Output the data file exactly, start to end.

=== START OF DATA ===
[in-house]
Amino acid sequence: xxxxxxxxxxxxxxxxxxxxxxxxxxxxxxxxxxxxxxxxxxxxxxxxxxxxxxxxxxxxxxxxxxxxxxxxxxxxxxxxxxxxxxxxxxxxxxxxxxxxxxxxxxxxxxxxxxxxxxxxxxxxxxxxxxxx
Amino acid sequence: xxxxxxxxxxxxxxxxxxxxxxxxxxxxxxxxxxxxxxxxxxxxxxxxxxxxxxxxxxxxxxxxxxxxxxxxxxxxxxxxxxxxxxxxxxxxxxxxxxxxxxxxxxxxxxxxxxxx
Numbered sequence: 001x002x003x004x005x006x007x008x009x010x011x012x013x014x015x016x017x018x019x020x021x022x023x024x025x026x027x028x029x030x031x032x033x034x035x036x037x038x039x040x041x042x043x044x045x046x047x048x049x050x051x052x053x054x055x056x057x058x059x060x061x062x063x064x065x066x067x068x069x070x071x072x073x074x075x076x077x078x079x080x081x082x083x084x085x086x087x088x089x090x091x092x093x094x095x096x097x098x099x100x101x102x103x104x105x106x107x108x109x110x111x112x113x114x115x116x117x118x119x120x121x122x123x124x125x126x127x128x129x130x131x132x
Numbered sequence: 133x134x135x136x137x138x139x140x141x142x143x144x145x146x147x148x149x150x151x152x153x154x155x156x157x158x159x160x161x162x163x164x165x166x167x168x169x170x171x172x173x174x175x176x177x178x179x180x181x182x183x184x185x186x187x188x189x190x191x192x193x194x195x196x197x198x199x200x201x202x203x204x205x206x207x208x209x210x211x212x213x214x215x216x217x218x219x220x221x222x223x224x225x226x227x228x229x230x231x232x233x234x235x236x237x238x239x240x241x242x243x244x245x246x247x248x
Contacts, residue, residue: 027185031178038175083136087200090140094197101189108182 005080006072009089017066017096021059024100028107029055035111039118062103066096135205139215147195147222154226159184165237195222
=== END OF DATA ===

[in-house]
Amino acid sequence: xxxxxxxxxxxxxxxxxxxxxxxxxxxxxxxxxxxxxxxxxxxxxxxxxxxxxxxxxxxxxxxxxxxxxxxxxxxxxxxxxxxxxxxxxxxxxxxxxxxxxxxxxxxxxxxxxxxxxxxxxxxxxxxxxxxx
Amino acid sequence: xxxxxxxxxxxxxxxxxxxxxxxxxxxxxxxxxxxxxxxxxxxxxxxxxxxxxxxxxxxxxxxxxxxxxxxxxxxxxxxxxxxxxxxxxxxxxxxxxxxxxxxxxxxxxxxxxxxx
Numbered sequence: 001x002x003x004x005x006x007x008x009x010x011x012x013x014x015x016x017x018x019x020x021x022x023x024x025x026x027x028x029x030x031x032x033x034x035x036x037x038x039x040x041x042x043x044x045x046x047x048x049x050x051x052x053x054x055x056x057x058x059x060x061x062x063x064x065x066x067x068x069x070x071x072x073x074x075x076x077x078x079x080x081x082x083x084x085x086x087x088x089x090x091x092x093x094x095x096x097x098x099x100x101x102x103x104x105x106x107x108x109x110x111x112x113x114x115x116x117x118x119x120x121x122x123x124x125x126x127x128x129x130x131x132x
Numbered sequence: 133x134x135x136x137x138x139x140x141x142x143x144x145x146x147x148x149x150x151x152x153x154x155x156x157x158x159x160x161x162x163x164x165x166x167x168x169x170x171x172x173x174x175x176x177x178x179x180x181x182x183x184x185x186x187x188x189x190x191x192x193x194x195x196x197x198x199x200x201x202x203x204x205x206x207x208x209x210x211x212x213x214x215x216x217x218x219x220x221x222x223x224x225x226x227x228x229x230x231x232x233x234x235x236x237x238x239x240x241x242x243x244x245x246x247x248x
Contacts, residue, residue: 027185031178038175083136087200090140094197101189108182 005080006072009089017066017096021059024100028107029055035111039118062103066096135205139215147195147222154226159184165237195222